I have been studying the physics of accelerating electrons through a vacuum using an electron gun. It says that a potential difference (p.d.) is applied between the filament lamp and an anode. The electrical energy of the electrons is converted to the K.E as the electrons are attracted to the anode.

What does applying a p.d actually mean? I know a p.d is a measure of energy transferred by electrons per unit charge so does it just mean creating a difference in charge to cause an electric current?

How does increasing this difference in charge increase the potential difference?

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    $\begingroup$ The difference in electric charge causes the electromagnetic force to pull electrons towards the plus end. Increasing the difference in charge increases the potential difference since $F \propto \frac{qQ}{r^2}$ which means it scales linearly with the net charge present in the area that is attracting the electrons. $\endgroup$ – Martin - Reinstate Monica Jan 20 at 13:27
  • $\begingroup$ Thanks! @Martin van IJcken $\endgroup$ – M G Jan 20 at 13:28
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    $\begingroup$ @MartinvanIJcken That should really be an aswer. $\endgroup$ – noah Jan 20 at 13:32

Applying a potential difference means modifying a system such that the potential energy at point A is higher than at point B. In the case of an electric potential, this potential difference is caused by the electromagnetic force.

$$F_{el} = -\frac{1}{4\pi \epsilon_0}\frac{qQ}{r^2}$$

The magnitude of a potential difference is equal to the work done on a particle if it moves between the two points, so an electron at distance R from a point with electric charge is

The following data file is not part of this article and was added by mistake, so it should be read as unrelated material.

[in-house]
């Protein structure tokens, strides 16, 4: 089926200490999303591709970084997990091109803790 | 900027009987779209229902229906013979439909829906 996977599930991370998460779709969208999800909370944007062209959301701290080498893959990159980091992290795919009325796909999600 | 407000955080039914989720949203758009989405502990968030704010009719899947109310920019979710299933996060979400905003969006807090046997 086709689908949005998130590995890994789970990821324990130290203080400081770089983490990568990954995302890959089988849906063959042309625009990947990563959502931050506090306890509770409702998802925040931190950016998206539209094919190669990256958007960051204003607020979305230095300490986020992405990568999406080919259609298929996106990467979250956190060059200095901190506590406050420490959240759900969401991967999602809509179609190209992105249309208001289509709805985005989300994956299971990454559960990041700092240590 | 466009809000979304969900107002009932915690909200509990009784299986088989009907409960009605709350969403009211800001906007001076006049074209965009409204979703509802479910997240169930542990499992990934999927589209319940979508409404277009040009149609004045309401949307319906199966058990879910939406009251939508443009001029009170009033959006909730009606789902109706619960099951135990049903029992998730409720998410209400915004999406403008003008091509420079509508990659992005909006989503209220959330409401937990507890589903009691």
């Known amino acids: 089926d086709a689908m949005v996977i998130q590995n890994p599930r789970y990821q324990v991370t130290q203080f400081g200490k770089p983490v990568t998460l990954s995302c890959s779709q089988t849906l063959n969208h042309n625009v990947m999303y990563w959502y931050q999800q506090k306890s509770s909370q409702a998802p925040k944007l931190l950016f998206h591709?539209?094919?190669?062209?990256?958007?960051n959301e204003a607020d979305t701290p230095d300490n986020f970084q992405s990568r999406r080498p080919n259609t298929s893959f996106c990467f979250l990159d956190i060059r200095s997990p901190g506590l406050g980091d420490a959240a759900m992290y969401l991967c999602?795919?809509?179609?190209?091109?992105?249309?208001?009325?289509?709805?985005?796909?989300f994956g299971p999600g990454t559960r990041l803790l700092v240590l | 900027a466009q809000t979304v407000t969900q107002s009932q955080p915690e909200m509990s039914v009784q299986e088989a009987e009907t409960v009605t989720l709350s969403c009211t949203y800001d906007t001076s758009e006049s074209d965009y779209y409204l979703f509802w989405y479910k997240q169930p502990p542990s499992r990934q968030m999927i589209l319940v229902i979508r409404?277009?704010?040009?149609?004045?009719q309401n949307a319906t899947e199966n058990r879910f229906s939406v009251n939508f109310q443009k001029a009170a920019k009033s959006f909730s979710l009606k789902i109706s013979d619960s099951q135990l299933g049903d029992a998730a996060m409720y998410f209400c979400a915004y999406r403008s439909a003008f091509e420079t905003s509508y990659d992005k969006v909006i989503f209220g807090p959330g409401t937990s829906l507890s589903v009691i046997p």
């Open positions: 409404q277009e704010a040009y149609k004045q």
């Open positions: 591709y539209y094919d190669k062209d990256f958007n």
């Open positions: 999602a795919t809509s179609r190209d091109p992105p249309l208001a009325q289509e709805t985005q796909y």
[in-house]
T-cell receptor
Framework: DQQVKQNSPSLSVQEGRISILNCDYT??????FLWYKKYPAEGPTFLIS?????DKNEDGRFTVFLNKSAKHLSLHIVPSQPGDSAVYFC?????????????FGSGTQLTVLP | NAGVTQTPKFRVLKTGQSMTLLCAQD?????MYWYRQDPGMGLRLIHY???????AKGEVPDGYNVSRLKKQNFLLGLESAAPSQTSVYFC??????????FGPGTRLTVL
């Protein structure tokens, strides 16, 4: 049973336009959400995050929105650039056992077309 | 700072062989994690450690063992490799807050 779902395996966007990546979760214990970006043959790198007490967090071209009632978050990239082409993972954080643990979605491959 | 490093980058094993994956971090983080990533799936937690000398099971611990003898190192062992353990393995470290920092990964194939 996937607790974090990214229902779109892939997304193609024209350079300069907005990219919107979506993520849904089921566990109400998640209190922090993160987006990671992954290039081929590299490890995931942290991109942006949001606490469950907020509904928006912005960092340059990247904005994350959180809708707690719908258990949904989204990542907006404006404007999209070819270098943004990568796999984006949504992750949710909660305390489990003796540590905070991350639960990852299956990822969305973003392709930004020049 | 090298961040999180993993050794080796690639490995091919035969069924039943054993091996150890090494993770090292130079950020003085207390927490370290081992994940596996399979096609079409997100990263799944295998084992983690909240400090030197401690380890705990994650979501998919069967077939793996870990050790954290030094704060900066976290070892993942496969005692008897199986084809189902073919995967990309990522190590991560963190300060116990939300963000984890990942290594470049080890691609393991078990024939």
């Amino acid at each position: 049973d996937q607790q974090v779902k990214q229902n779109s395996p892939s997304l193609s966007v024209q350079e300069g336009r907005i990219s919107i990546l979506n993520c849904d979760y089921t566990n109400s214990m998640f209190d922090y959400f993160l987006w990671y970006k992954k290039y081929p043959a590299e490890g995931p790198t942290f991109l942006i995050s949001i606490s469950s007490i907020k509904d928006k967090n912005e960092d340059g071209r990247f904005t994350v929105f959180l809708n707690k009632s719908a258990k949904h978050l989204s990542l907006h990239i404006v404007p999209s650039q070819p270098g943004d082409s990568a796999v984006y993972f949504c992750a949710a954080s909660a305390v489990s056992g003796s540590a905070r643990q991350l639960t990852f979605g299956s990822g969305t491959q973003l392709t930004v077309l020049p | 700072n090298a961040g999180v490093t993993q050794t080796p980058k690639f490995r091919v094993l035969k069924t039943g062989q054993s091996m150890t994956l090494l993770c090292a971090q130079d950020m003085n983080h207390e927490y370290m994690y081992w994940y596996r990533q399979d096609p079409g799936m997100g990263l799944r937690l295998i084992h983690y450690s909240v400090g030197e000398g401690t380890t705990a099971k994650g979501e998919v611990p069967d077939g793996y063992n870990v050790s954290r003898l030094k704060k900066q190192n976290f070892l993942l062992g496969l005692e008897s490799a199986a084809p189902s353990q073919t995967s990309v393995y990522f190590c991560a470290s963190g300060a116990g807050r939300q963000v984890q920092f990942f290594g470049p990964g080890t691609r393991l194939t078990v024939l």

$$ U = \int_0^R F_{el}(r)\cdot dr = \int_0^R -\frac{1}{4\pi \epsilon_0}\frac{-eQ}{r^2}\cdot dr = -\frac{eQ}{4\pi \epsilon_0} \frac{1}{R}$$

Thus, when we increase the charge $Q$, we see that the potential energy at the point A decreases, and the difference between point A and B increased.

Keep in mind that in an electric circuit the potential is not caused by a single point source but rather a positive electric charge at the anode, and an equal negative charge at the cathode.


a p.d is a measure of energy transferred by electrons per unit charge

This is actually not fully correct. You can have a potential difference even when there's no energy transfer. You can have a potential difference in an open circuit. E.g. there is a potential difference across the two terminals of a battery all the time, but current only flows and energy is only being transfered when the terminals are connected.

  • Electric potential energy $U_e$ is the potential energy related with a charge's location in its surroundings. Just like gravitational potential energy is related to an object's location high up.

  • (Electric) potential is the same, but per charge, $\frac{U_e}q$. Often it is implied electric, so you'll often just hear the term potential being used.

  • An (electric) potential difference between two points is called voltage, $V=\frac{U_{e2} }q-\frac{U_{e1}} q$.

The (electric) potential difference, or voltage, is a measure of "how strongly" a charge "wants" to move away from its current location. Just like an object tends to fall from the shelf if possible towards lower locations - a tendency of moving towards lower potential energy - an electric charge has a tendency of moving towards points of lower potential. The potential difference tells us "how strong" this tendency is.

But just because this tendency is established - just because the charge really, really "wants" to move - it still might not be able to. Plenty of negative charges are located on one battery terminal and they repel each other hugely and really, really "want" to move to another spot with lower repulsion. Such other spot is the other battery terminal. So when you add a path (a conductive material) from this terminal to the other, then the charges immediately move. But not before you add the path. You can have potential difference between two points without current or energy transfer. Then it is just stored and "waiting" to be released - which is the essense of a battery (and capacitor and similar storage components).


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